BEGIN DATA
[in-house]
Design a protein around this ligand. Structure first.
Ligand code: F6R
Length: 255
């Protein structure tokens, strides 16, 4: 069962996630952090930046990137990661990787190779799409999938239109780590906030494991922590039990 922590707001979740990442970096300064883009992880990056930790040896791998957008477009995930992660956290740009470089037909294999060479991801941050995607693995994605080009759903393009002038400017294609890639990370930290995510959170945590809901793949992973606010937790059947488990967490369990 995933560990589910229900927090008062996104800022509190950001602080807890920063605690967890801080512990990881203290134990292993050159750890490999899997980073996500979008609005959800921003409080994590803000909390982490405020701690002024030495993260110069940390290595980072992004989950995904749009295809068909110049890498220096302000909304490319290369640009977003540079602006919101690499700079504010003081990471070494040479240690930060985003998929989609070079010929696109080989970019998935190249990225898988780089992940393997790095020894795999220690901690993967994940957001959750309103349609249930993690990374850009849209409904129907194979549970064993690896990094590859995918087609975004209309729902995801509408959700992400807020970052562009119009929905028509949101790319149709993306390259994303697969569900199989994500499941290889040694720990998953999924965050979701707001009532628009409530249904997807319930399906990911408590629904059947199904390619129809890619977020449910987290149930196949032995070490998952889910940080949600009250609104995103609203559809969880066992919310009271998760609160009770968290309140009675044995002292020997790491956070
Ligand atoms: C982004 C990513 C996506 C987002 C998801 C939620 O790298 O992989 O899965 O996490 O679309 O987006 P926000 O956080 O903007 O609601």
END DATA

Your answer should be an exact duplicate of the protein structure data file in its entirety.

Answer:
[in-house]
Design a protein around this ligand. Structure first.
Ligand code: F6R
Length: 255
């Protein structure tokens, strides 16, 4: 069962996630952090930046990137990661990787190779799409999938239109780590906030494991922590039990 922590707001979740990442970096300064883009992880990056930790040896791998957008477009995930992660956290740009470089037909294999060479991801941050995607693995994605080009759903393009002038400017294609890639990370930290995510959170945590809901793949992973606010937790059947488990967490369990 995933560990589910229900927090008062996104800022509190950001602080807890920063605690967890801080512990990881203290134990292993050159750890490999899997980073996500979008609005959800921003409080994590803000909390982490405020701690002024030495993260110069940390290595980072992004989950995904749009295809068909110049890498220096302000909304490319290369640009977003540079602006919101690499700079504010003081990471070494040479240690930060985003998929989609070079010929696109080989970019998935190249990225898988780089992940393997790095020894795999220690901690993967994940957001959750309103349609249930993690990374850009849209409904129907194979549970064993690896990094590859995918087609975004209309729902995801509408959700992400807020970052562009119009929905028509949101790319149709993306390259994303697969569900199989994500499941290889040694720990998953999924965050979701707001009532628009409530249904997807319930399906990911408590629904059947199904390619129809890619977020449910987290149930196949032995070490998952889910940080949600009250609104995103609203559809969880066992919310009271998760609160009770968290309140009675044995002292020997790491956070
Ligand atoms: C982004 C990513 C996506 C987002 C998801 C939620 O790298 O992989 O899965 O996490 O679309 O987006 P926000 O956080 O903007 O609601």